On Monday I'm left with two options. The first is to continue to do my work put my head down and tell myself there's only a month and a half left. This will do me good because I will leave with good connections, good reviews and all will be fine, besides the fact I will be taking the intern shit for another month and a half. The second choice is to stand up for myself and basically tell my managers, and director whenever they chirp me to go fuck themselves. They will quickly realize I'm not fucking around and will probably dislike me as a co-worker, as they can't push me around like they use to, resulting in a bad review and not so good connections in the future. But maybe I would be treated as a human being, and I wouldn't mind that.

What do you guys think?

Comments (73)

 
Jul 15, 2017 - 1:10pm

never had an experience like that before seems like your office is just shitty culture and people who don't like what they do. They probably do like you, but just take the shit for the next few weeks and don't work for this group again. You can stick it to your director when he asks you to return next summer and you tell him you have better offers.

 
Jul 15, 2017 - 1:13pm

brah, if your boss throws food at you, order a f'ing cake from the waitress with extra whipped cream and when it arrives stand up and put the whole thing in his face.

would have been legendary

you would have been a legend

"If you always put limits on everything you do, physical or anything else, it will spread into your work and into your life. There are no limits. There are only plateaus, and you must not stay there, you must go beyond them." - Bruce Lee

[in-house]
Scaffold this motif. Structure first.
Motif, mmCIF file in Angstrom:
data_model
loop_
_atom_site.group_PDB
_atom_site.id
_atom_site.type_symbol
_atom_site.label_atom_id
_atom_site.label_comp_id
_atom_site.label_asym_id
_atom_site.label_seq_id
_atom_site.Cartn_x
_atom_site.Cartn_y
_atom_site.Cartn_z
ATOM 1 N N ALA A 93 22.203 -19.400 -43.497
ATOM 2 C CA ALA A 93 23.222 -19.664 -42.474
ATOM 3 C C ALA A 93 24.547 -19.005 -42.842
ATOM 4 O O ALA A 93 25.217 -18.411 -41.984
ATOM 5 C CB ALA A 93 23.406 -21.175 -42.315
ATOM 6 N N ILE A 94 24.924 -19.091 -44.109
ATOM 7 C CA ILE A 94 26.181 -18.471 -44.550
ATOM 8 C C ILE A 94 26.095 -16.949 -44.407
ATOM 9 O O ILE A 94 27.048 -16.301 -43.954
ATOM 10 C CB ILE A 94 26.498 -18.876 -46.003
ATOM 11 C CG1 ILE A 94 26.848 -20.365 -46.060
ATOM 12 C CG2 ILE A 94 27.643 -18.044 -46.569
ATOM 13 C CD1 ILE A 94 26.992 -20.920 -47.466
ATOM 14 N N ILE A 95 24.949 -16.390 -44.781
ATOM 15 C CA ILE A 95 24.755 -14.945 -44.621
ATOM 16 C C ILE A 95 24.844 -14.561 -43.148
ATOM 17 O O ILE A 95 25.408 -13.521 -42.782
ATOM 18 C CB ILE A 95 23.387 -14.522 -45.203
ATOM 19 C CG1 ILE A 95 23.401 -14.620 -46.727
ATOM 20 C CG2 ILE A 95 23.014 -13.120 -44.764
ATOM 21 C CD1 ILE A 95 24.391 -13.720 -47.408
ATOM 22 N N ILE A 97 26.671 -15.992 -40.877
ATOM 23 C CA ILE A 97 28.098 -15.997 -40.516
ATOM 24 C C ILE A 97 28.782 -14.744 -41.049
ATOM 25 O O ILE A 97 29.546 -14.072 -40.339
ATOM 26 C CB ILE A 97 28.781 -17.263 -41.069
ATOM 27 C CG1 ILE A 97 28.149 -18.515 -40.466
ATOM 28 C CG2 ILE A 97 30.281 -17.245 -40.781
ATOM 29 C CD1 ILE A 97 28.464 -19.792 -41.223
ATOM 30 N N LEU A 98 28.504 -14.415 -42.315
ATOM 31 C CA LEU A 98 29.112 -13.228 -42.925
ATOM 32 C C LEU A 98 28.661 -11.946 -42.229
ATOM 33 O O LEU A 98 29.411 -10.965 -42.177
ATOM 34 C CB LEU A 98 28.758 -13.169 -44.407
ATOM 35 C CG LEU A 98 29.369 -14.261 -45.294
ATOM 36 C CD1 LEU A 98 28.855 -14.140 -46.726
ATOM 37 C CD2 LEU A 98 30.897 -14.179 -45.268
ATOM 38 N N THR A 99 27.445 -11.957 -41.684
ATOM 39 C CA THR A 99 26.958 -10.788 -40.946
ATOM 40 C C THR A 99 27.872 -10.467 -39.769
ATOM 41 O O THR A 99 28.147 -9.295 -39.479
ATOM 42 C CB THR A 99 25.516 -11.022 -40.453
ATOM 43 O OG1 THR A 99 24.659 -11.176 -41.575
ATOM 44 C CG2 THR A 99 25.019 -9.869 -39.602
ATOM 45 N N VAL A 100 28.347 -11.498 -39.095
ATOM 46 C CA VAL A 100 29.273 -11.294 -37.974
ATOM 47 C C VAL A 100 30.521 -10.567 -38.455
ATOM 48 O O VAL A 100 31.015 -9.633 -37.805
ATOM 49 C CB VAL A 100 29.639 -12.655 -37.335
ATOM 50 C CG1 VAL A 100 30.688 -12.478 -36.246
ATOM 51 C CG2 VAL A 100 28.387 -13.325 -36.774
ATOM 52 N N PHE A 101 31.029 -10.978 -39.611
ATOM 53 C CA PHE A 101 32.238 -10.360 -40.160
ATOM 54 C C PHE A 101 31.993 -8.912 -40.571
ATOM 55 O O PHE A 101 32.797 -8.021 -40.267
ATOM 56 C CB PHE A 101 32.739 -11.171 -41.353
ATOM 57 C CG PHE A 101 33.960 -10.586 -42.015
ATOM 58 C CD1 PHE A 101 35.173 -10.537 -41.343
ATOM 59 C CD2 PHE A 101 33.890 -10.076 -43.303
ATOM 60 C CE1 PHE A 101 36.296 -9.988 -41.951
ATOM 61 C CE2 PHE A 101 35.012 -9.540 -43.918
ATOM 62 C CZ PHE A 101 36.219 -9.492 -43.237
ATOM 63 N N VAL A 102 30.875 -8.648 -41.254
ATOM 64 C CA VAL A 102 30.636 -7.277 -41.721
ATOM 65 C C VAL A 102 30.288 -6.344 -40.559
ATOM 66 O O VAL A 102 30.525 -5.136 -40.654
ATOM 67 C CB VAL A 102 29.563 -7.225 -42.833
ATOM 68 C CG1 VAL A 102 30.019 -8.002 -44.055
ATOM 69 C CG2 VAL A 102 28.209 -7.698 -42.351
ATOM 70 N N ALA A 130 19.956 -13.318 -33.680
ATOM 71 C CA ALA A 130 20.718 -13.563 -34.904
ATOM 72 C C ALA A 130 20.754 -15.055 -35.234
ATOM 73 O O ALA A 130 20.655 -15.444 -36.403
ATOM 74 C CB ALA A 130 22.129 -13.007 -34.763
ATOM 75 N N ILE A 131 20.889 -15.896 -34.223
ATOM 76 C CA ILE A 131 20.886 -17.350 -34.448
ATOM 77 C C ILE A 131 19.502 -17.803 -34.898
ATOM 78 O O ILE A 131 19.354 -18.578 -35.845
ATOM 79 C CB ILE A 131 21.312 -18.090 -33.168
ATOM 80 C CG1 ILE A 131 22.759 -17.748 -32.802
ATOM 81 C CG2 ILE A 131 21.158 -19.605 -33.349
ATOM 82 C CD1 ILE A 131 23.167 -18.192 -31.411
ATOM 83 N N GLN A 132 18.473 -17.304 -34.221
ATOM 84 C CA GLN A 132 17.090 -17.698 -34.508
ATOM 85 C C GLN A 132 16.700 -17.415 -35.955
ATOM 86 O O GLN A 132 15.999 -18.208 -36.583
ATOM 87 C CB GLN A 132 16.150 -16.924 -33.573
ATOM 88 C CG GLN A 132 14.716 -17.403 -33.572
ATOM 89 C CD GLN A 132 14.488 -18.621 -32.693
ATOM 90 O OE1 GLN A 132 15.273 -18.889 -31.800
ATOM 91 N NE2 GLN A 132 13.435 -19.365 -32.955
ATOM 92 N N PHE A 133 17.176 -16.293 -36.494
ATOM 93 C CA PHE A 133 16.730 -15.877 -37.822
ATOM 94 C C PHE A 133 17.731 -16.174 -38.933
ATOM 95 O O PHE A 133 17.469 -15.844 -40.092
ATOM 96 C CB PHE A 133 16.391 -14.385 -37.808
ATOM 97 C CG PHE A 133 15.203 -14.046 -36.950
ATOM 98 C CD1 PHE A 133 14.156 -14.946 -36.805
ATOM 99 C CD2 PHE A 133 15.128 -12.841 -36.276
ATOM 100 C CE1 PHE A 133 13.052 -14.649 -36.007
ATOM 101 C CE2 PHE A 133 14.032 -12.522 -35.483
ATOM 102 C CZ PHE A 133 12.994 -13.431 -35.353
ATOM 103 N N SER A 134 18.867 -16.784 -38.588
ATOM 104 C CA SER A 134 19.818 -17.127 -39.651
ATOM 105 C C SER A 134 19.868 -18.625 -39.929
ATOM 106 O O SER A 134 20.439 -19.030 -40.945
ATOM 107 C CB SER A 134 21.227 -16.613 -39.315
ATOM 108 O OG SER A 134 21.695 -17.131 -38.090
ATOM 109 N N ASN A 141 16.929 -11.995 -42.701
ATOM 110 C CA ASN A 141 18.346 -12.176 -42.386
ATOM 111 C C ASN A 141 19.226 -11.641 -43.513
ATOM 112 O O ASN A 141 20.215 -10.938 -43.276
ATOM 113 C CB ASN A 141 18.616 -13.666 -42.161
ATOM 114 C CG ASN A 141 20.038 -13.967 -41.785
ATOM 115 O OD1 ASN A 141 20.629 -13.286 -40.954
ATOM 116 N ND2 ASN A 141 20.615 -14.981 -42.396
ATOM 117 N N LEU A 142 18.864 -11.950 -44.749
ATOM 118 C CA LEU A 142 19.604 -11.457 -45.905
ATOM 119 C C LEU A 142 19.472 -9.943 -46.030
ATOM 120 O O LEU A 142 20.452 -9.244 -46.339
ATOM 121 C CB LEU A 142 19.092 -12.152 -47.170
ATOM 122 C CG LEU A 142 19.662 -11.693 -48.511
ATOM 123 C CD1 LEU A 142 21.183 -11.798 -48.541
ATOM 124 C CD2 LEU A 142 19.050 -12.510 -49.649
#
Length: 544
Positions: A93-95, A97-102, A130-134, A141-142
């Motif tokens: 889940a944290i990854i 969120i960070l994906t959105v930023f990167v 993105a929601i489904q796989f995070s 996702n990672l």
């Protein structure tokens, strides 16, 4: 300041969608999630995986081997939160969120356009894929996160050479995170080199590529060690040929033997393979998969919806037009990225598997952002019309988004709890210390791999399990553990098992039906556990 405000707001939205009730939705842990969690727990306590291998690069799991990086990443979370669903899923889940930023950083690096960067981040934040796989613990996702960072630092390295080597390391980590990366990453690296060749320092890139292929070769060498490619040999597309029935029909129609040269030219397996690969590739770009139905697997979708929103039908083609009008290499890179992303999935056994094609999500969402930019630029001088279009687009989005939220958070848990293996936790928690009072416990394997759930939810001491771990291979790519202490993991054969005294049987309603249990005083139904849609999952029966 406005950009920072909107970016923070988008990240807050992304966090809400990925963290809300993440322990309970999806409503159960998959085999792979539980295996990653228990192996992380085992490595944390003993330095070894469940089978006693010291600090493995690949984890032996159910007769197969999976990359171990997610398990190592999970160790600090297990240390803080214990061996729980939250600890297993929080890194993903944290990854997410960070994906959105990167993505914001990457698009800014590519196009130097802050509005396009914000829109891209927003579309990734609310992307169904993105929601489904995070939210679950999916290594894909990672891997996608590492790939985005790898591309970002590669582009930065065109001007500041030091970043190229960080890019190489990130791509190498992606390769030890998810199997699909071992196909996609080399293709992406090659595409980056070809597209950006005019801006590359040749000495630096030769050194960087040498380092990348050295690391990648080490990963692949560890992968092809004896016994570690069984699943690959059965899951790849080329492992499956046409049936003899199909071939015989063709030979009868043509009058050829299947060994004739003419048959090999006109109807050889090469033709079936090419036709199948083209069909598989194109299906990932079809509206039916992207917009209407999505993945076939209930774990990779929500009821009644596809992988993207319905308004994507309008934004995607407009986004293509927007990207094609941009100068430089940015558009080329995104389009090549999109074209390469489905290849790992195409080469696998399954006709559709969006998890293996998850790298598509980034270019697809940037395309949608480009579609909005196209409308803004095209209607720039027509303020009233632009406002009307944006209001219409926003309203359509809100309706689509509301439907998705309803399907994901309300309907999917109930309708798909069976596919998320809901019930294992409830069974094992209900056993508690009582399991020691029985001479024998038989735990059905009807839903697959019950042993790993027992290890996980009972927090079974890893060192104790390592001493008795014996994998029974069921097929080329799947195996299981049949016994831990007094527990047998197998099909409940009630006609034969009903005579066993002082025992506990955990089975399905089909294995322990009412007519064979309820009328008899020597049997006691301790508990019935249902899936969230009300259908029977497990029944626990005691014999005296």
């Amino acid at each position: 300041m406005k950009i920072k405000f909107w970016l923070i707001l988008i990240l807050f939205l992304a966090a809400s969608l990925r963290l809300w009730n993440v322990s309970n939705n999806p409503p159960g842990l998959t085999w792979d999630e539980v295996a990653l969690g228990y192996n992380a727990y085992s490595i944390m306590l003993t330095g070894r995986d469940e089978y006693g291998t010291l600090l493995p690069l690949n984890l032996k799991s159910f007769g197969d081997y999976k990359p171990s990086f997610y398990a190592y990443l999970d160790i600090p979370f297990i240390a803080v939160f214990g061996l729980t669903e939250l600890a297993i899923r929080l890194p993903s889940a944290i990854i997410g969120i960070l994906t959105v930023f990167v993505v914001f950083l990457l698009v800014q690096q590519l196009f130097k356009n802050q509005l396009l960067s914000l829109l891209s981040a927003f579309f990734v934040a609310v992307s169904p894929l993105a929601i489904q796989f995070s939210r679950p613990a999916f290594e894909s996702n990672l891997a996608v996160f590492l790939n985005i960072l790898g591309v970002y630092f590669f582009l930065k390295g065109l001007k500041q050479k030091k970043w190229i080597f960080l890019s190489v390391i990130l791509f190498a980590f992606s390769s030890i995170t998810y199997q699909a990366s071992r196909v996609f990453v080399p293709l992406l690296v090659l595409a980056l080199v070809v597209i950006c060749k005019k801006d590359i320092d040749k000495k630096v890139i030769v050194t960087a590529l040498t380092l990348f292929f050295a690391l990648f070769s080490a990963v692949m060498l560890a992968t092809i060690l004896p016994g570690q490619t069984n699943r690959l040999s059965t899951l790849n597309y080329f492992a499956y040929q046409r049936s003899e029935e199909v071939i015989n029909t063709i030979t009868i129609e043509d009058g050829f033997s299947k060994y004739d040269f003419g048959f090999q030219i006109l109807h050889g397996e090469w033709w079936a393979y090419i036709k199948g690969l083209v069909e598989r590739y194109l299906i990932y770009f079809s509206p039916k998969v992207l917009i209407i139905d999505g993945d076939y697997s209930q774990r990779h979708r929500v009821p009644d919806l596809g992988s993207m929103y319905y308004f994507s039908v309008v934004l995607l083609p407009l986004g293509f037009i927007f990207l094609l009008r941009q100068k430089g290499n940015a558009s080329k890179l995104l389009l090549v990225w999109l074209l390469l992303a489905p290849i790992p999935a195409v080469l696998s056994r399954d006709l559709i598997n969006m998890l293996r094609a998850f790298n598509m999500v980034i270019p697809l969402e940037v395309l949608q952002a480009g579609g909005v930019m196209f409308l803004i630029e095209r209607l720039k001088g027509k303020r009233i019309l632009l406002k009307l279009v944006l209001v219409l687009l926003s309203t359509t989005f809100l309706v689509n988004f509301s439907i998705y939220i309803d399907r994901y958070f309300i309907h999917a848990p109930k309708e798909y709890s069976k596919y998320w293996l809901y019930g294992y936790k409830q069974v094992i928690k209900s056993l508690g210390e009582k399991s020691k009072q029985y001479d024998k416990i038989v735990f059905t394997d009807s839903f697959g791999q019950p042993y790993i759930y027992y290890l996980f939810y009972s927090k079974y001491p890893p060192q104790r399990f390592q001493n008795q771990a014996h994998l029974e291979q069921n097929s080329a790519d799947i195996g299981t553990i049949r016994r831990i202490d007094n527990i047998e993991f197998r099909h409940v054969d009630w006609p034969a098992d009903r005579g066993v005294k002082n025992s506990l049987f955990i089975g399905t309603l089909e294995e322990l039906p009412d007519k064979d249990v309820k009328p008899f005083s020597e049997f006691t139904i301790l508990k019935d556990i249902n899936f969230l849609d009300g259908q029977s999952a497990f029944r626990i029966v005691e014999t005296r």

Jul 15, 2017 - 1:18pm

OP, you shouldn't be taking that kind of treatment. It's possible you carry yourself a bit too submissively to his abuse, or he could just be an asshat. I faced similar treatment but never physical. I agree that throwing a cake at his candy ass would have been legendary.

in it 2 win it
 
Jul 15, 2017 - 1:45pm

Per your 1st point - that's typical intern crap. I had way, way worse happen to me on a daily basis at the IB I still (lol) work for.
Per your 2nd point - that's over the line. We deliberately put pressure on our interns, but then never cross the thin line to open insults/verbal abuse. I'm pretty sure someone will actually talk to the director about how he behaved. Just keep your head down tbh: honestly nothing to gain in trying to blow this up. Walk into the office on Monday as if nothing happened.

 
Jul 17, 2017 - 11:50am

It sucks but whining about it isn't going to resolve anything and can't be used to your advantage. Just accept the shitty culture and move on when your internship is over.